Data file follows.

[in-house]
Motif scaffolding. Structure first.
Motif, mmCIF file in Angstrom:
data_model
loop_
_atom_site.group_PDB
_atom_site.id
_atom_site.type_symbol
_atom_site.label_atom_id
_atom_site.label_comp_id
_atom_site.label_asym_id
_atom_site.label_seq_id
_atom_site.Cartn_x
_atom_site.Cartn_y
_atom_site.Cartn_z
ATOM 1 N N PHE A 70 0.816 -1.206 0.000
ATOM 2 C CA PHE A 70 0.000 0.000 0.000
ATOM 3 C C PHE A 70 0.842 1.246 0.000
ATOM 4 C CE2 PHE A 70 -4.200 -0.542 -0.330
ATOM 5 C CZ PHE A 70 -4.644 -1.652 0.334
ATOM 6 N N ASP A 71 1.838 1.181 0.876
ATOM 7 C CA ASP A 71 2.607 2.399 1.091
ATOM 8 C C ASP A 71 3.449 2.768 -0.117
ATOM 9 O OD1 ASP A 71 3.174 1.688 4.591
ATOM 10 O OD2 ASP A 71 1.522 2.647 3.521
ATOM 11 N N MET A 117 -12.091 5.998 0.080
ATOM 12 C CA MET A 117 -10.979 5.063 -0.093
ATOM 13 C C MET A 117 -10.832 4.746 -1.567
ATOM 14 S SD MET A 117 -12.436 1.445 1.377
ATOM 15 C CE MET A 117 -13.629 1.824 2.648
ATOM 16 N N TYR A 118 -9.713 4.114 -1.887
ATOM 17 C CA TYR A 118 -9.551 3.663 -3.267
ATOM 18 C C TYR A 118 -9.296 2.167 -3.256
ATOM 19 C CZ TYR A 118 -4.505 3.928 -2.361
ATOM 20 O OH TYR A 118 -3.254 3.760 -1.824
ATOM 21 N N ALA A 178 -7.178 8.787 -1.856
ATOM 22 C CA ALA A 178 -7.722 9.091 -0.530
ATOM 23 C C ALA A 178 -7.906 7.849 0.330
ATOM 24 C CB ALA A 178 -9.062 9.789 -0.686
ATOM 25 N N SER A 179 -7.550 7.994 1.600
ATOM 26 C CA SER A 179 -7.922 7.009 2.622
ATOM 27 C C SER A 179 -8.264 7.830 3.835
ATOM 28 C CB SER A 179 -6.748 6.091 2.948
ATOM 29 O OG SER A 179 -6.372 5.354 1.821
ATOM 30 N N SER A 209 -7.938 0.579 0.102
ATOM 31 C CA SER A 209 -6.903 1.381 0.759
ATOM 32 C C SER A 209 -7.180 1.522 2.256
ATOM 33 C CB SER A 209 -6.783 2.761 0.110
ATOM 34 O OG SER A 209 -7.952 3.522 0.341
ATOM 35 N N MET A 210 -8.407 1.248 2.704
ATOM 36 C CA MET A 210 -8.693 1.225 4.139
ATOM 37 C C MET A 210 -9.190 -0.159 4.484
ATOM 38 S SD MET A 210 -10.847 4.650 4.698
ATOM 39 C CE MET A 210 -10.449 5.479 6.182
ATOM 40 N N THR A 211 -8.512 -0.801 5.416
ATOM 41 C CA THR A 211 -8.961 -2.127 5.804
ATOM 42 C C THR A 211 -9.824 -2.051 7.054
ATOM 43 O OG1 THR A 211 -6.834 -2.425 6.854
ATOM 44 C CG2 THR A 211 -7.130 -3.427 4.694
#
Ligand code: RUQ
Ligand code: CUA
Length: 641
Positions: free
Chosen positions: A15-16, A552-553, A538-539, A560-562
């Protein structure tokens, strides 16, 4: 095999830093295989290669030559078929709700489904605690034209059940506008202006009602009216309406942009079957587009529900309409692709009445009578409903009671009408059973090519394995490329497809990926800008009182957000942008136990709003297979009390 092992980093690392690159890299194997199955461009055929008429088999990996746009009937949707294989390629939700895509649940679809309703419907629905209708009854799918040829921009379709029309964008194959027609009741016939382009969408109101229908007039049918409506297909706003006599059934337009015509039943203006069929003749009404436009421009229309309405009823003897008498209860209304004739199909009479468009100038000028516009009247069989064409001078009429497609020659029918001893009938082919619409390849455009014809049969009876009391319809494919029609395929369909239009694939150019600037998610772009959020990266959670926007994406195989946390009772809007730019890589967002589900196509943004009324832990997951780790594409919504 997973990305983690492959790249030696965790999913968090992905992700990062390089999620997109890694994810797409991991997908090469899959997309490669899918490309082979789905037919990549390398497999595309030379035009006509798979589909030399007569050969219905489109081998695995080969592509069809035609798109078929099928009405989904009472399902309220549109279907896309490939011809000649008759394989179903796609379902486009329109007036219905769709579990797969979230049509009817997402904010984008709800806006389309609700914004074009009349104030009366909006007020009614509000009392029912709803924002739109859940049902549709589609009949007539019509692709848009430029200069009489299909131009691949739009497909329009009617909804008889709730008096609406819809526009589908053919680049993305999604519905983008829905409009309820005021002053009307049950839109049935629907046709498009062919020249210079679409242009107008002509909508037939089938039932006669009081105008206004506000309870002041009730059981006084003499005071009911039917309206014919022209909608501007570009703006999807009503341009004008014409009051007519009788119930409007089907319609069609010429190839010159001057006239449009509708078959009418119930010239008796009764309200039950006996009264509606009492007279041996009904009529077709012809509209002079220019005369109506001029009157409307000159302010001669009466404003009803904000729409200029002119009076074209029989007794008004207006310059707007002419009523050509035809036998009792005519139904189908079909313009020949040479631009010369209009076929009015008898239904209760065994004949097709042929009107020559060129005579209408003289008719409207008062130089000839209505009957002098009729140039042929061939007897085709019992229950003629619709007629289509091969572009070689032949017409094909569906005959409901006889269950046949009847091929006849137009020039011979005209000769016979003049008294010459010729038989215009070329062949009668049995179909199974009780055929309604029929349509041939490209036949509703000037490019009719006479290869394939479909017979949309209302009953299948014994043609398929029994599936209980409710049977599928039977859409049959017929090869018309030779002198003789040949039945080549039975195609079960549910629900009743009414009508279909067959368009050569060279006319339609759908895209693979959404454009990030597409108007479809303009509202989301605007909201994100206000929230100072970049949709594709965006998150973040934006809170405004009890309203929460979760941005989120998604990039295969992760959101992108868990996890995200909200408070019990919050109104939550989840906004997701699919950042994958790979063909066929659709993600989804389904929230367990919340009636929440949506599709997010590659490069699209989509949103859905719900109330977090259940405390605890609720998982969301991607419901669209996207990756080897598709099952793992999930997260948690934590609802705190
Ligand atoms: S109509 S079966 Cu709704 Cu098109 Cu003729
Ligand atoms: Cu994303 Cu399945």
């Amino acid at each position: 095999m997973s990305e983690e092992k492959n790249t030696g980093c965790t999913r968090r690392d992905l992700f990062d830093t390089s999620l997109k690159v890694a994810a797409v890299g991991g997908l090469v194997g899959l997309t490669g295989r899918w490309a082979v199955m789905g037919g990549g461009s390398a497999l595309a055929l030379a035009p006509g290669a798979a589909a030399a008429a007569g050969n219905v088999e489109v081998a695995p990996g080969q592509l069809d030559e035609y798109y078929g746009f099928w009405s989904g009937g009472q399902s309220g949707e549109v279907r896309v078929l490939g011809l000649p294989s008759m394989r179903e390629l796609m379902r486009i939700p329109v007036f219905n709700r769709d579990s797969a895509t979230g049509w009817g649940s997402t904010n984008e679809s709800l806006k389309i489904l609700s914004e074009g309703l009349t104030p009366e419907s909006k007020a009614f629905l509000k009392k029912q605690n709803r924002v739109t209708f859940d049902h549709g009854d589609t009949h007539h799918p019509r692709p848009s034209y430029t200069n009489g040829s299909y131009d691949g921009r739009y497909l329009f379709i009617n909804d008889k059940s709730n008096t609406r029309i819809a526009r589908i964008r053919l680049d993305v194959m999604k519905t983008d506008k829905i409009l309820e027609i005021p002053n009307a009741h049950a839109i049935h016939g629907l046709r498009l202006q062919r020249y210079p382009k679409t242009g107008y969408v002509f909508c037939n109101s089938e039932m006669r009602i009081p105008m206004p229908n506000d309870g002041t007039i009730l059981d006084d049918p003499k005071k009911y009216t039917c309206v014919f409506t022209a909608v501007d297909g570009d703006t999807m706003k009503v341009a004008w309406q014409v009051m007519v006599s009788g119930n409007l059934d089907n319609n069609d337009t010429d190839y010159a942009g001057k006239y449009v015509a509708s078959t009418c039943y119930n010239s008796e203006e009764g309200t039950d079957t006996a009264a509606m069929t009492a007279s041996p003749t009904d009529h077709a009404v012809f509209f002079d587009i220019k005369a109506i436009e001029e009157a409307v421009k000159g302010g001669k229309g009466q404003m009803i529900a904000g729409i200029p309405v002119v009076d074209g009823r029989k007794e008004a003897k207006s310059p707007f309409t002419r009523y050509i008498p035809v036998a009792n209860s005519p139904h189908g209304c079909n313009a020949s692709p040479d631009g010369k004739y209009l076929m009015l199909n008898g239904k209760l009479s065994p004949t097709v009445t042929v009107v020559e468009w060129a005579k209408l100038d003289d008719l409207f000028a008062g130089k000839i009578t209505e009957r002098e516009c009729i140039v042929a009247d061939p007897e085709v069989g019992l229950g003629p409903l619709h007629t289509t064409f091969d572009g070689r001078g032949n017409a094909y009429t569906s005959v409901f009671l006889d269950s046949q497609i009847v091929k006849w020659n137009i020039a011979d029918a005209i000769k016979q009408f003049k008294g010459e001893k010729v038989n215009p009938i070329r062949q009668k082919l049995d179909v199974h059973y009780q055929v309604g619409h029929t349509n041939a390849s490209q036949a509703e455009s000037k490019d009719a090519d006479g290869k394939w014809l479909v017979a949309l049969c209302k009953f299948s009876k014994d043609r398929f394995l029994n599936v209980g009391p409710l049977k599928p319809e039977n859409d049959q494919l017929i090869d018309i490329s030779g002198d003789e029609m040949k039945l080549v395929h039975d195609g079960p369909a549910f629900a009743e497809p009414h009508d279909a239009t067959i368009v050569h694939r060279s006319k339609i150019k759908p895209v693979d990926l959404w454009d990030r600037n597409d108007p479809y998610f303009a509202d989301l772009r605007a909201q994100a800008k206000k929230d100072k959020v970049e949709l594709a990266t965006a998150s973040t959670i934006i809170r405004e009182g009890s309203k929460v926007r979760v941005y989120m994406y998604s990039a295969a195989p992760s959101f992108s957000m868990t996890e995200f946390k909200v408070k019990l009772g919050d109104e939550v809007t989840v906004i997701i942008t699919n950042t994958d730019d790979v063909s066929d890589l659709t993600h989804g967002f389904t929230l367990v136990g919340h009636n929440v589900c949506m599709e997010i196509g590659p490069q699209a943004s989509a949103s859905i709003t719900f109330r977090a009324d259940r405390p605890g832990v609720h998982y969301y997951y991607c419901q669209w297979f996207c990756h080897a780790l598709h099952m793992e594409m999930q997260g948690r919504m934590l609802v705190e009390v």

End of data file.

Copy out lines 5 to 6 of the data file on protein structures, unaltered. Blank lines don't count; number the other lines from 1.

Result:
loop_
_atom_site.group_PDB